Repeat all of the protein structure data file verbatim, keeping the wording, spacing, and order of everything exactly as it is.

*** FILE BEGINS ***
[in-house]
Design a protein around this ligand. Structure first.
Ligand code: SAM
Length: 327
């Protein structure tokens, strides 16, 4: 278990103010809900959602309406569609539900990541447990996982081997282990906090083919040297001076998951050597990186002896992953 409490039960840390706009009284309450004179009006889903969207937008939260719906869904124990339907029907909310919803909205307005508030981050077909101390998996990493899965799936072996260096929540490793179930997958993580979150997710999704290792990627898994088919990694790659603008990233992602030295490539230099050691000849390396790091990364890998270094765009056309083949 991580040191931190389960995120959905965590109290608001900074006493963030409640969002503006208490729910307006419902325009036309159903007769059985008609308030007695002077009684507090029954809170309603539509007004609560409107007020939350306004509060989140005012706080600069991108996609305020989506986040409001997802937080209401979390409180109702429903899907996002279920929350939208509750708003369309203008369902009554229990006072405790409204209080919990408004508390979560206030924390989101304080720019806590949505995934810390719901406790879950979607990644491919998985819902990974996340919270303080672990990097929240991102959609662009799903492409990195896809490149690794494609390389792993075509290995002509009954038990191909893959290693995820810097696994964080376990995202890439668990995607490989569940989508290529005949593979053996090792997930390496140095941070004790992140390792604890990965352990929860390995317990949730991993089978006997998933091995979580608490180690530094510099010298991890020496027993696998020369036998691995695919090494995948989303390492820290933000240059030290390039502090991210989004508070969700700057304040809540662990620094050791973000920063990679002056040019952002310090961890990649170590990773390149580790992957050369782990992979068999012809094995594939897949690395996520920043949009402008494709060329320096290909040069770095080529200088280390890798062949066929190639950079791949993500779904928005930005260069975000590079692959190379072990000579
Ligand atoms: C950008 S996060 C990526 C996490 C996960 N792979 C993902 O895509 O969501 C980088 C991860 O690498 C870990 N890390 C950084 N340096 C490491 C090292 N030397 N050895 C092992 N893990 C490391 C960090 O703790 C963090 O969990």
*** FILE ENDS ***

[in-house]
Design a protein around this ligand. Structure first.
Ligand code: SAM
Length: 327
């Protein structure tokens, strides 16, 4: 278990103010809900959602309406569609539900990541447990996982081997282990906090083919040297001076998951050597990186002896992953 409490039960840390706009009284309450004179009006889903969207937008939260719906869904124990339907029907909310919803909205307005508030981050077909101390998996990493899965799936072996260096929540490793179930997958993580979150997710999704290792990627898994088919990694790659603008990233992602030295490539230099050691000849390396790091990364890998270094765009056309083949 991580040191931190389960995120959905965590109290608001900074006493963030409640969002503006208490729910307006419902325009036309159903007769059985008609308030007695002077009684507090029954809170309603539509007004609560409107007020939350306004509060989140005012706080600069991108996609305020989506986040409001997802937080209401979390409180109702429903899907996002279920929350939208509750708003369309203008369902009554229990006072405790409204209080919990408004508390979560206030924390989101304080720019806590949505995934810390719901406790879950979607990644491919998985819902990974996340919270303080672990990097929240991102959609662009799903492409990195896809490149690794494609390389792993075509290995002509009954038990191909893959290693995820810097696994964080376990995202890439668990995607490989569940989508290529005949593979053996090792997930390496140095941070004790992140390792604890990965352990929860390995317990949730991993089978006997998933091995979580608490180690530094510099010298991890020496027993696998020369036998691995695919090494995948989303390492820290933000240059030290390039502090991210989004508070969700700057304040809540662990620094050791973000920063990679002056040019952002310090961890990649170590990773390149580790992957050369782990992979068999012809094995594939897949690395996520920043949009402008494709060329320096290909040069770095080529200088280390890798062949066929190639950079791949993500779904928005930005260069975000590079692959190379072990000579
Ligand atoms: C950008 S996060 C990526 C996490 C996960 N792979 C993902 O895509 O969501 C980088 C991860 O690498 C870990 N890390 C950084 N340096 C490491 C090292 N030397 N050895 C092992 N893990 C490391 C960090 O703790 C963090 O969990």